What is the difference between a Seafire and a ‘Hooked Spitfire’ — a standard Spitfire fitted with an arrestor hook — a great many of which were operated by Fleet Air Arm?
The naval version of the immortal Spitfire had a complicated and sometimes difficult journey into service, but it finally arrived with front-line Fleet Air Arm (FAA) Squadrons at just the right time. As told by Naval aviation historian Matthew Willis in his book Supermarine Seafire, the Seafire was by no means ideal as a naval fighter – lacking endurance and being difficult to land on a carrier – but it gave the Royal Navy an interceptor with superlative performance in the air, helping to turn the tables on the enemy as the Allies went on the offensive.
The Seafire served in the Second World War from the North Atlantic to Japan, and into the 1950s, seeing action in Malaya and Korea.
But what is the difference between a Seafire and a ‘Hooked Spitfire’ — a standard Spitfire fitted with an arrestor hook — a great many of which were operated by the FAA? The first Seafire variant, the Mk lb, had no folding wings, no catapult spools, and its only major external modification was an arrestor hook. Every Seafire lb was converted from a Spitfire. In their essentials, there was little difference.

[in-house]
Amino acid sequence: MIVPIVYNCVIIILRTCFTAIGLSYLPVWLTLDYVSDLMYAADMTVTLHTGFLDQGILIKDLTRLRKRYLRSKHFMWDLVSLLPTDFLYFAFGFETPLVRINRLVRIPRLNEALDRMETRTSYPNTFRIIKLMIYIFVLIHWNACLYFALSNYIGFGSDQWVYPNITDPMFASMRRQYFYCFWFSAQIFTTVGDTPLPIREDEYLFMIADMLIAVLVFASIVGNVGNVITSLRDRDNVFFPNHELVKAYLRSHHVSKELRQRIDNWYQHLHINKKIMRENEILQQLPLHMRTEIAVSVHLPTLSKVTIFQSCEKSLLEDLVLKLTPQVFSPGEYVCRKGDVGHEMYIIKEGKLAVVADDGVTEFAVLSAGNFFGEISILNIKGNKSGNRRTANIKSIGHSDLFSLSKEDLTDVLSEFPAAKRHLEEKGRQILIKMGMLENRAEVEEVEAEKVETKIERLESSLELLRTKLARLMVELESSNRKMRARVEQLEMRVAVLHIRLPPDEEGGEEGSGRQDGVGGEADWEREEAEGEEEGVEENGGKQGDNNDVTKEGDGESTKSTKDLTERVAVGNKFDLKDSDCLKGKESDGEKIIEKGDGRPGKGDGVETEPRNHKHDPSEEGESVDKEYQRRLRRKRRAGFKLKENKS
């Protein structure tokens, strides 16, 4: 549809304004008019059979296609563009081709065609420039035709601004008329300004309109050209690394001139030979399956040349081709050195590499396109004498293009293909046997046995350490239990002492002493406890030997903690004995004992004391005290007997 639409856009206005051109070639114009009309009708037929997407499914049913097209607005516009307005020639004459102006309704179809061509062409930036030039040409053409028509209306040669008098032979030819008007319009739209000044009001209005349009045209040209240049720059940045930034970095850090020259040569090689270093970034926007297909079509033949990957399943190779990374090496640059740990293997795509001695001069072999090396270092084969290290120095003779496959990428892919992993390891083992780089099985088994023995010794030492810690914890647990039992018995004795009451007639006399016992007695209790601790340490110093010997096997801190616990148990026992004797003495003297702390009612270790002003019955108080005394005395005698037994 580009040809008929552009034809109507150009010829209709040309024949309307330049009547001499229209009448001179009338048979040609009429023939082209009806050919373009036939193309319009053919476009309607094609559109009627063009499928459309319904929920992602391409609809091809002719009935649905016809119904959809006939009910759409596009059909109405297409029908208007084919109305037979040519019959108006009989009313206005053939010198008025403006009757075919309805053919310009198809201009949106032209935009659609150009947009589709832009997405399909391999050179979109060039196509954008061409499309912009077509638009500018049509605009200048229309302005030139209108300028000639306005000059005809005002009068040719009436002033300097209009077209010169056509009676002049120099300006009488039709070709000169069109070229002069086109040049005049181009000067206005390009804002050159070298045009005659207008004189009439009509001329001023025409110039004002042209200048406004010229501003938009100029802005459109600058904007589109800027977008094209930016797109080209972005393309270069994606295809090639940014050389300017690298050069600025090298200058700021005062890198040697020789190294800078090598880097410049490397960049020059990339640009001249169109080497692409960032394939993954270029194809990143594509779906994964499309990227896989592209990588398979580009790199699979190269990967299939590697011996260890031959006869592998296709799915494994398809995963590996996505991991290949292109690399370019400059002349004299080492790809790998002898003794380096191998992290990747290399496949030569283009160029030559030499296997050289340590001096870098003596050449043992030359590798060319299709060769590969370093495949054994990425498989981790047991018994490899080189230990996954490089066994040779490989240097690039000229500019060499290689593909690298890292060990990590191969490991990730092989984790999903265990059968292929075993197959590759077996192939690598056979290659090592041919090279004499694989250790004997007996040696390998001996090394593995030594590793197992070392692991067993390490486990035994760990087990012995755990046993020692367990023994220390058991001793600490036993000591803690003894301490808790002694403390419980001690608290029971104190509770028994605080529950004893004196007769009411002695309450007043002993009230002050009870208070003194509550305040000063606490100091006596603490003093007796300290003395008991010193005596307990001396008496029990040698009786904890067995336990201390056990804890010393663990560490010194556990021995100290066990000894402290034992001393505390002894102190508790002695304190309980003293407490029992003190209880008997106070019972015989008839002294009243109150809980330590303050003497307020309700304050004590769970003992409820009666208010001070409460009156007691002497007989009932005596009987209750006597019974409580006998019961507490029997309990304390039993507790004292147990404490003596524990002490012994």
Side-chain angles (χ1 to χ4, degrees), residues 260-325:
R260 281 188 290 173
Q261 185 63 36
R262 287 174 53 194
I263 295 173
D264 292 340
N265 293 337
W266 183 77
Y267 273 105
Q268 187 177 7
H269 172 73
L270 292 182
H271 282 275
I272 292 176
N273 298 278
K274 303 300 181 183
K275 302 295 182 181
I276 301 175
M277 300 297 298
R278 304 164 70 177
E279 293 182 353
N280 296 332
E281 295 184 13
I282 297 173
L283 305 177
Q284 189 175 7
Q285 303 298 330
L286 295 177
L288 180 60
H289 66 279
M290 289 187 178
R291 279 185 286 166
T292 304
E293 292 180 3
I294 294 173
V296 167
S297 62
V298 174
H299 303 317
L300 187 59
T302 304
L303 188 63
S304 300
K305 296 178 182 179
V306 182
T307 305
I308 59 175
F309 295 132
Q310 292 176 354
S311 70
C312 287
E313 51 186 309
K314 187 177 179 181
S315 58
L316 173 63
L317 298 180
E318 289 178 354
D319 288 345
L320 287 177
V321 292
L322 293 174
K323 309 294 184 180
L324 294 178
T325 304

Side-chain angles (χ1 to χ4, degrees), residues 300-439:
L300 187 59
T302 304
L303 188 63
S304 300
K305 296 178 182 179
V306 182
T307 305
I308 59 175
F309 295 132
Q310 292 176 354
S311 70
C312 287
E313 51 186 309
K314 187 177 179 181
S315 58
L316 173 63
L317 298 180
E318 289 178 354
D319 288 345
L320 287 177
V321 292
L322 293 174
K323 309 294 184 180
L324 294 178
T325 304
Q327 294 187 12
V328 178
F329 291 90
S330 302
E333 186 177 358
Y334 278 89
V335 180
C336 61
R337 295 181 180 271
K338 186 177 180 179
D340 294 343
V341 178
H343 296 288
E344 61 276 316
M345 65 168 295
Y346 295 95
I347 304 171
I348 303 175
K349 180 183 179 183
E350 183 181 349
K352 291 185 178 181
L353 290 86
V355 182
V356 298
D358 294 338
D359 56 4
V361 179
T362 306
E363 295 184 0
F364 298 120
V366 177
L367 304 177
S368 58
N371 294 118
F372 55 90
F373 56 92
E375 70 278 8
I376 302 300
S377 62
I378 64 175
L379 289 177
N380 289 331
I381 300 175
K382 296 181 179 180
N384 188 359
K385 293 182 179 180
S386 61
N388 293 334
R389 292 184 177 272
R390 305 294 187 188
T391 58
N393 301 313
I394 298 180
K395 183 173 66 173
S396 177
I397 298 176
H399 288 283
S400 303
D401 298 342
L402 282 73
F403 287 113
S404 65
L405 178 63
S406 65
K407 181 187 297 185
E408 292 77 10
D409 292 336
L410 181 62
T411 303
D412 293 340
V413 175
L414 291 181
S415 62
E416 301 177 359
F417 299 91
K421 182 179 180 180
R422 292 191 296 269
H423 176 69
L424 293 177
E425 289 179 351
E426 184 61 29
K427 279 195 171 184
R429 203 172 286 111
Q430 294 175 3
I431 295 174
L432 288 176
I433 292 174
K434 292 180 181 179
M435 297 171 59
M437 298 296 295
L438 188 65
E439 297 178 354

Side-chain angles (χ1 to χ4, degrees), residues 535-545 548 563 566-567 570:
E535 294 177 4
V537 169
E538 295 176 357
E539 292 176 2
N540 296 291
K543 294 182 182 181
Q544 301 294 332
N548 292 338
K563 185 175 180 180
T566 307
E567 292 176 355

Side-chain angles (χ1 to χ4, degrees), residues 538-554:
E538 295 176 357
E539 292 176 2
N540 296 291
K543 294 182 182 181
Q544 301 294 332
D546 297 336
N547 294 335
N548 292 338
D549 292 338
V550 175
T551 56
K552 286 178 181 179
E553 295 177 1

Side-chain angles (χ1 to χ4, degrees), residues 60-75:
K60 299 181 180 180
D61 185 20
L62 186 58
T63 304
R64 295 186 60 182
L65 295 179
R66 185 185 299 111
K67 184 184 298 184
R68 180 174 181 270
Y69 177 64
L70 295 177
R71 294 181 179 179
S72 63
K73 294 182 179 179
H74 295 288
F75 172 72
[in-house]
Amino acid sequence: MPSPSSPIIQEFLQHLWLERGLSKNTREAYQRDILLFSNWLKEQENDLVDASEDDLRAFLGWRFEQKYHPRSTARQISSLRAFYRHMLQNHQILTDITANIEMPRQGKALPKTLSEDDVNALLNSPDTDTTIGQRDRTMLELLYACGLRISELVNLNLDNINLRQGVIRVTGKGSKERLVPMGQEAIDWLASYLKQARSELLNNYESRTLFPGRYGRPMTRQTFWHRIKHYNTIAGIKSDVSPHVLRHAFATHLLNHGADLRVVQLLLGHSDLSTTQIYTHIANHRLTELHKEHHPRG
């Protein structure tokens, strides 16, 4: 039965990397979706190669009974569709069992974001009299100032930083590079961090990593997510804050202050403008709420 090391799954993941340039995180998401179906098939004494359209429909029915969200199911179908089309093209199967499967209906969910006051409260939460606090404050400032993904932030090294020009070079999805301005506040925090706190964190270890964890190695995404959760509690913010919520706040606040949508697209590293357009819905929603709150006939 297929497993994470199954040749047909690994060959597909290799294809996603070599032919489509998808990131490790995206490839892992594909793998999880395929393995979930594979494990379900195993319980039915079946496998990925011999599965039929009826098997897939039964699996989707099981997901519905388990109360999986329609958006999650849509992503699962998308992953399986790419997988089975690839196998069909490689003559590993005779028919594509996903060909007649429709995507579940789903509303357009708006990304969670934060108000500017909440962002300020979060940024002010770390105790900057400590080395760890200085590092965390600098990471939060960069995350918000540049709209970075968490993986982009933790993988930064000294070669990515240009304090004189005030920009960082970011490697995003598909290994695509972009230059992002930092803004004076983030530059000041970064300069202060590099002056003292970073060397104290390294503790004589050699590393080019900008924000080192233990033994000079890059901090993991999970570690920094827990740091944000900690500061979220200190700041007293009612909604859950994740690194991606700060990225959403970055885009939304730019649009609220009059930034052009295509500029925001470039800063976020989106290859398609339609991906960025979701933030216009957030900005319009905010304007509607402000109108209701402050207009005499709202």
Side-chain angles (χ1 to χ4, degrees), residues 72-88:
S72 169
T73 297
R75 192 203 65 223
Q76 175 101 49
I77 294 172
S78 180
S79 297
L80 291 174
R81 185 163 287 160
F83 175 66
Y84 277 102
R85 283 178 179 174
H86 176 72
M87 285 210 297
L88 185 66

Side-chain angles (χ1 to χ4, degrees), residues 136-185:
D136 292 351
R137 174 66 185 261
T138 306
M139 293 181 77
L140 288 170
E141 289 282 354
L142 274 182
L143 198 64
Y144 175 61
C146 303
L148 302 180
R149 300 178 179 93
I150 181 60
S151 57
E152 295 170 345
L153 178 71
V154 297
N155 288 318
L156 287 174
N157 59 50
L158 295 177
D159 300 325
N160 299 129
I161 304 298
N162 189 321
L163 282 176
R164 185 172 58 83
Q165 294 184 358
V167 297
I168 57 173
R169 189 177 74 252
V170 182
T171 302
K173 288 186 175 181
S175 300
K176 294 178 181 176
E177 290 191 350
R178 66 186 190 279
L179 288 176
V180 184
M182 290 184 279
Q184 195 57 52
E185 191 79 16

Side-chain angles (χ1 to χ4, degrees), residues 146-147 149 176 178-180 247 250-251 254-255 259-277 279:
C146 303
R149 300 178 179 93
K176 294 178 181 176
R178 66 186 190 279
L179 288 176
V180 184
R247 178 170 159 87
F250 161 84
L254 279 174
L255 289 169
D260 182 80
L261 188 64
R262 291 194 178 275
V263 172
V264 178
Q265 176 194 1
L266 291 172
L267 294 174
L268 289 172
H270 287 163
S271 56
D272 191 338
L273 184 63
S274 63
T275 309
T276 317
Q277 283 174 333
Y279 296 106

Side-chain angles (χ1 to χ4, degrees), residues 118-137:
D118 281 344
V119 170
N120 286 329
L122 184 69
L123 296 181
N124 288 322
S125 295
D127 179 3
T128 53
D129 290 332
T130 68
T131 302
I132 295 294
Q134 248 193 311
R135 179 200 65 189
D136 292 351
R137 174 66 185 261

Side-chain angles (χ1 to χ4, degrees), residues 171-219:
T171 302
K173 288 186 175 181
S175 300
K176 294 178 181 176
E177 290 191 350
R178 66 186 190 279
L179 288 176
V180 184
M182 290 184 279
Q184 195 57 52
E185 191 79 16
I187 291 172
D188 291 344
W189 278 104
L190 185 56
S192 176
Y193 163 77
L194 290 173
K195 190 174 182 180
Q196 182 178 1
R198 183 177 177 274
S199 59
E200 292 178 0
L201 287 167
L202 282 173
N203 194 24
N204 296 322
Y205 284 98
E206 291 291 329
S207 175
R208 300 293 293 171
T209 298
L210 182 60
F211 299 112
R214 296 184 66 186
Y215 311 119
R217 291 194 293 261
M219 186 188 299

The most basic answer is that Seafires were ordered as such, through a contract for front-line aircraft placed with a manufacturer or similar company, while hooked Spitfires were aircraft transferred from RAF stocks for second-line purposes and converted as required, generally by Maintenance Units. The detail is bound up in those contracts.
Seafire conversions incorporated all the detail changes required for naval service, which included equipment as radio sets and beacon receivers which enabled pilots to communicate with and find their ship, including a wireless telegraphy set with Morse key.
The myriad small details to fit the Seafire for the conditions of naval use included de-icing fittings for the radio aerials, a shutter for the air intake (fitted to all Seafires but only tropicalised Spitfires) and a rack for signal cartridges — mostly unnecessary on hooked Spitfires.
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Photo credit: Imperial War Museum and Charles Daniels British Aircraft Album via Wikipedia